When the economy went south last fall many people started asking how a prolonged recession would affect our campaign to construct a new building and expand our programs to serve more people. Would we need to postpone construction, scale back our plans, or maybe even rethink the entire campaign? We had found ourselves in a whole new world and I, along with most everyone else, was wishing for an economic crystal ball that could foretell our financial future. At a minimum, I wish I would have paid more attention in the economics classes I took at the
Although I’m not an economist, and certainly not a soothsayer, I am fortunate to have a smattering of common sense that perhaps could translate to the economic turmoil. Practicality suggested that if markets were down and unemployment rates up, that we were going to need to grow ourselves out of this recession. Seemingly overnight, the impact our building project could have in the community became even greater than we had imagined.
Not only will our campaign give us the physical space we need to expand our programs to serve more clients throughout the metro area, and help to revitalize the Phillips neighborhood, now we can also play a small part in helping to get Americans back to work. Our Kitchen Campaign: Building the Future of Open Arms has become a micro economic stimulus project.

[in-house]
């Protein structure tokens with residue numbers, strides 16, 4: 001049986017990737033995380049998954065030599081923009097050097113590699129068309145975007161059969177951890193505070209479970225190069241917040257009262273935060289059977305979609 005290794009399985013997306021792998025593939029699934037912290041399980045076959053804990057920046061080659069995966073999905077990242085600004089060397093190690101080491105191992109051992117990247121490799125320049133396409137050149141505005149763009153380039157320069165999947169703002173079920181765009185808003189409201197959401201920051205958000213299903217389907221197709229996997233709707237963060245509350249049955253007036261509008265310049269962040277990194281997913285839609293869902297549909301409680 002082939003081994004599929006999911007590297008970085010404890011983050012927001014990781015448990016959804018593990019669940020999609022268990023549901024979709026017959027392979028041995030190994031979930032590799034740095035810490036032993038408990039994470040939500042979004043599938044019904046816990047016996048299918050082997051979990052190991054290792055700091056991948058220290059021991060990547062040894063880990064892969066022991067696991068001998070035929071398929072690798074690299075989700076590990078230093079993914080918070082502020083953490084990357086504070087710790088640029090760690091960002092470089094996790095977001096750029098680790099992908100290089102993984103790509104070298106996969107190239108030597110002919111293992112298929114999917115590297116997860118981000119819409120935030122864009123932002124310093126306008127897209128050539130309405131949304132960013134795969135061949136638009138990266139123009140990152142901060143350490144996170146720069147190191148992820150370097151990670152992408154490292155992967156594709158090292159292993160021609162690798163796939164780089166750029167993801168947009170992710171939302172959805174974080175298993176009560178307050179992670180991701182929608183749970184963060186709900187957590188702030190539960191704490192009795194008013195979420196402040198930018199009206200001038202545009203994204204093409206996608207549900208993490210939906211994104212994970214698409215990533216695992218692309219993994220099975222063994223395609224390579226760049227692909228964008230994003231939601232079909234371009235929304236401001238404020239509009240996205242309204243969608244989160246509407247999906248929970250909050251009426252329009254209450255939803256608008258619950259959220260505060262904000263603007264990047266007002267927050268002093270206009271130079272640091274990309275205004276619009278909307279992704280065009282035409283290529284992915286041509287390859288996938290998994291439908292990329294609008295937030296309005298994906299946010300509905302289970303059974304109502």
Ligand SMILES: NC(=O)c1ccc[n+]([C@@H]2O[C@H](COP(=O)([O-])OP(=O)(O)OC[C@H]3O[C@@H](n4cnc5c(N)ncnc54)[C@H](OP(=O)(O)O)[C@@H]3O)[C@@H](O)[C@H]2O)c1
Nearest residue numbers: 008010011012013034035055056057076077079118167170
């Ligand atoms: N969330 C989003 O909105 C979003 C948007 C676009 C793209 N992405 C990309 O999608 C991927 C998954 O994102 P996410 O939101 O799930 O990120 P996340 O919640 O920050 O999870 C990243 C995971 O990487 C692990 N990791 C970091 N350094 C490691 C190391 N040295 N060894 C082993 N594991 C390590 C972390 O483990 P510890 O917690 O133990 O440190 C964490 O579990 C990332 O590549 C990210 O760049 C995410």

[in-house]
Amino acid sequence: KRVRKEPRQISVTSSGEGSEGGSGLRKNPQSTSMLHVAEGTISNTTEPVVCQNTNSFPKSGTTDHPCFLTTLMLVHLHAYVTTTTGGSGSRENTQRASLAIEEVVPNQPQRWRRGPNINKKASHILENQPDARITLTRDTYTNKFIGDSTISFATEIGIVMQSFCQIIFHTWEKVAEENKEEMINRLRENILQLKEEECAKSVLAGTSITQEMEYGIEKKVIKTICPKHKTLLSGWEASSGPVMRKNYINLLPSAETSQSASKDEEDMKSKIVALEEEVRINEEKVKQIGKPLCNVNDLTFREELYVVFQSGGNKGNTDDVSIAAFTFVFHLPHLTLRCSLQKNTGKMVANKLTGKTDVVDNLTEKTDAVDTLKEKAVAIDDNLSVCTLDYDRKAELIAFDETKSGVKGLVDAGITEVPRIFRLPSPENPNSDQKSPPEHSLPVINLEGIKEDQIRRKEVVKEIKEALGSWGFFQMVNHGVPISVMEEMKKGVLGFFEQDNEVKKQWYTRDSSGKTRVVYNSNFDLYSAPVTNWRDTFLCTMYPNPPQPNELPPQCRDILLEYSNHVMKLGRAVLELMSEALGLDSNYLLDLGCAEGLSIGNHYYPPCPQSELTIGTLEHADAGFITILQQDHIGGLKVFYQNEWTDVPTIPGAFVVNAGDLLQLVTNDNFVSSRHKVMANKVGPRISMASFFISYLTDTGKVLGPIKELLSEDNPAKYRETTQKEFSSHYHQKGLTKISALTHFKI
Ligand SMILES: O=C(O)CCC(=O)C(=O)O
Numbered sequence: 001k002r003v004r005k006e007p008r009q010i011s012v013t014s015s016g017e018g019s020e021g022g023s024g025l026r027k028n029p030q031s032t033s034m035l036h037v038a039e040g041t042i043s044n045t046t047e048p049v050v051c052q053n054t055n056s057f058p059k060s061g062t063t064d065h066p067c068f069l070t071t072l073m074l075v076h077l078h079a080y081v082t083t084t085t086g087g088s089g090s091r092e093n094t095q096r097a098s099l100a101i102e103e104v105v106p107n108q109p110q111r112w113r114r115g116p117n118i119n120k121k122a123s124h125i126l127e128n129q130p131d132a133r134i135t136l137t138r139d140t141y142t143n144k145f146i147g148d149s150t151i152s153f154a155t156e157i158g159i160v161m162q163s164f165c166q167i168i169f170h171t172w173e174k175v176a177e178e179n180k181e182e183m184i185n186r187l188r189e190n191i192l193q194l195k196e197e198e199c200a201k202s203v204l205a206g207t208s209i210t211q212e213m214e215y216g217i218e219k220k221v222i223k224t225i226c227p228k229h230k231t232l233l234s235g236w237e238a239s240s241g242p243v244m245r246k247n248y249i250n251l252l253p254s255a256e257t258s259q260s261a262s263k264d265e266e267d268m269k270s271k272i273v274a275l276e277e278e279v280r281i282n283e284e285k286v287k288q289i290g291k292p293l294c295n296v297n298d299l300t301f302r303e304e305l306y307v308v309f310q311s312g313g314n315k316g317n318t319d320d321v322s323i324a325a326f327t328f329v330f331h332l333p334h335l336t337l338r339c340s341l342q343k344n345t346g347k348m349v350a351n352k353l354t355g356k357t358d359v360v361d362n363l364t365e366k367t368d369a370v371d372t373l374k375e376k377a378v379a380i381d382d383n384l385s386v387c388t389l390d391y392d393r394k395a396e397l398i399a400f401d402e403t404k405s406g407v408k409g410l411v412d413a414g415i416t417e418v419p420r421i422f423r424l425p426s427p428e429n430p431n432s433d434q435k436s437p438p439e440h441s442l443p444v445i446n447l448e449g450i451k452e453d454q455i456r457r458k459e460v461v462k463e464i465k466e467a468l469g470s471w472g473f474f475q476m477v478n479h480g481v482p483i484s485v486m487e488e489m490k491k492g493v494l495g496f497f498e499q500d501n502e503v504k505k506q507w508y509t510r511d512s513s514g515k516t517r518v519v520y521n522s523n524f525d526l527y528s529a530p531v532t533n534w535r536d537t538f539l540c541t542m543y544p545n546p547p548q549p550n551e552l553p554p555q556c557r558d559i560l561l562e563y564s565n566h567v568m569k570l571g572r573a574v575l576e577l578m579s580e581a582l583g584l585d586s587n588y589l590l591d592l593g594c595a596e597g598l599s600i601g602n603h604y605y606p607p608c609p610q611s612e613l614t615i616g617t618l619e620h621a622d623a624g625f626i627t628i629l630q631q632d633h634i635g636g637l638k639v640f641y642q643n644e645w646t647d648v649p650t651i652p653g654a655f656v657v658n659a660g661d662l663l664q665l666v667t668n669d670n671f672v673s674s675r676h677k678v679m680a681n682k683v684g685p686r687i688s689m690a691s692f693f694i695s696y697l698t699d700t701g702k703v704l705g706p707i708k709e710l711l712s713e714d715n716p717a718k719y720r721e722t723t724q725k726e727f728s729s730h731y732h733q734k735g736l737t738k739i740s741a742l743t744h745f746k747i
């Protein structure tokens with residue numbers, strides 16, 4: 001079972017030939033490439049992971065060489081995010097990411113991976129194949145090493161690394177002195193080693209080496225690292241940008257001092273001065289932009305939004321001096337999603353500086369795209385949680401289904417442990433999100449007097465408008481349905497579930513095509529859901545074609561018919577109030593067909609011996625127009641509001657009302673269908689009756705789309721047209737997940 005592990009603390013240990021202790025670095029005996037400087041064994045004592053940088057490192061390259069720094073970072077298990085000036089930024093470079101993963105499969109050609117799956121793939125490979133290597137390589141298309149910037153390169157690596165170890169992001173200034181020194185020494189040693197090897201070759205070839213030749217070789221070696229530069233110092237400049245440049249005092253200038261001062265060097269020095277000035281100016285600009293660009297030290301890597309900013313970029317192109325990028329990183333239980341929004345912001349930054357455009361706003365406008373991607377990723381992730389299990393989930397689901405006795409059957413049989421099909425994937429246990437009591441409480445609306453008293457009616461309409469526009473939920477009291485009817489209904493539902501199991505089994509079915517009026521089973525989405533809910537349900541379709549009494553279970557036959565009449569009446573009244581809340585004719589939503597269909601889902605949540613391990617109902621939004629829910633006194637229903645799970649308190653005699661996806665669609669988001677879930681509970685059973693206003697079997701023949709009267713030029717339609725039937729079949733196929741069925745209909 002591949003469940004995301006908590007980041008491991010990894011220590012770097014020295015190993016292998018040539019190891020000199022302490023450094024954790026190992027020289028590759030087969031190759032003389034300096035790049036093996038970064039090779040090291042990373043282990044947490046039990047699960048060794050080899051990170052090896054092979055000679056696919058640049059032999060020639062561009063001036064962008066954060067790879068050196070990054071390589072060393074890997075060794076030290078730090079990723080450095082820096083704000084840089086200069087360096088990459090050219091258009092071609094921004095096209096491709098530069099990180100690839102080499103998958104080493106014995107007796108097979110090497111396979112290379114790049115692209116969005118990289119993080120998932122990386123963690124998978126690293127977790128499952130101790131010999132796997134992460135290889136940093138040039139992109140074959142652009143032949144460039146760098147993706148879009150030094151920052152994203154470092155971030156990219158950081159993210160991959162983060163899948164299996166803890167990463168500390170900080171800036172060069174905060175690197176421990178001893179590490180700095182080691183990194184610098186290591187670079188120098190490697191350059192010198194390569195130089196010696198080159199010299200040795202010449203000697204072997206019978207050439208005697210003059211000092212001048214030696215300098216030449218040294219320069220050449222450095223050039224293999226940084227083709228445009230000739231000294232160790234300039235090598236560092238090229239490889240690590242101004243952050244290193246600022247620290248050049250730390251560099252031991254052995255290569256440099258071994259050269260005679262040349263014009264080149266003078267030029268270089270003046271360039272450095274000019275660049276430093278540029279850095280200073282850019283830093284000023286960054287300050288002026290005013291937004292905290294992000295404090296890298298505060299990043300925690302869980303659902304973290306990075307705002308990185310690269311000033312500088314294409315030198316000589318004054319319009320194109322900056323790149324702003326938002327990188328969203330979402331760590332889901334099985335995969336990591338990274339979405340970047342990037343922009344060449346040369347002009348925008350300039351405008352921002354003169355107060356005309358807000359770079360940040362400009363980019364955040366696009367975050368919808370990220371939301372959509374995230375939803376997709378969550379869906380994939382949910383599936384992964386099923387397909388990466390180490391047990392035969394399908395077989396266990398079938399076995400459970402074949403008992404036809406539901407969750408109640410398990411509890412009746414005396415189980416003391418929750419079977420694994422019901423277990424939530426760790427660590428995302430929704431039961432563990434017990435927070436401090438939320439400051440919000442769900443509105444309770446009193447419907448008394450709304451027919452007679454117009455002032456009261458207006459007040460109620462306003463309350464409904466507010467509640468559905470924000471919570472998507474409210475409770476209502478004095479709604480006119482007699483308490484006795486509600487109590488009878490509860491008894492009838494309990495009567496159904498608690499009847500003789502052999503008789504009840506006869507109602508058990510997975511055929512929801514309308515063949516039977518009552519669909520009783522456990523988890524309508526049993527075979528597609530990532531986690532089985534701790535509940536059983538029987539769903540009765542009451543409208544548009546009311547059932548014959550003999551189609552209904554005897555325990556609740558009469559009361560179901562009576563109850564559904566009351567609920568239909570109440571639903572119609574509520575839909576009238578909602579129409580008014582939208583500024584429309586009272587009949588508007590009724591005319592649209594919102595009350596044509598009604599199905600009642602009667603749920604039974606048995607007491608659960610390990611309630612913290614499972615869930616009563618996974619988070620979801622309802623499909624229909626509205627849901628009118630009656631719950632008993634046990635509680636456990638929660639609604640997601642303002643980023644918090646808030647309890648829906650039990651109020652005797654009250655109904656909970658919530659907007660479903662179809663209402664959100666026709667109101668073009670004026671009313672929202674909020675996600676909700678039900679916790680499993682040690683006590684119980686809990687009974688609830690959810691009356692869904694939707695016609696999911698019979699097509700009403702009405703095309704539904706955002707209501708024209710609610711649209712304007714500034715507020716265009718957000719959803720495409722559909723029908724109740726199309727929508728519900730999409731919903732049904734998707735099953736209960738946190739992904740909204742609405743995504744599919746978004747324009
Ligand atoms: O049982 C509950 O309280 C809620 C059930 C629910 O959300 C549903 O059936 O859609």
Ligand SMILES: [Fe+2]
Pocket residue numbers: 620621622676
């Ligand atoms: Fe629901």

We still need to raise $2.4 million to complete our $8.1 million campaign, but we are moving forward. After all, we had a “shovel ready” project in the works long before we started learning about the critical importance of “shovel ready” projects to the economic stimulus package.
Open Arms’ capital campaign has kept project managers, architects, and kitchen designers busy for months. Soon, we hope to keep a general contractor, sub-contractors, and numerous vendors employed. Is our construction project at 25th and
Our “shovel ready” project is one more example of how the added value of Open Arms’ work will just continue to grow and grow.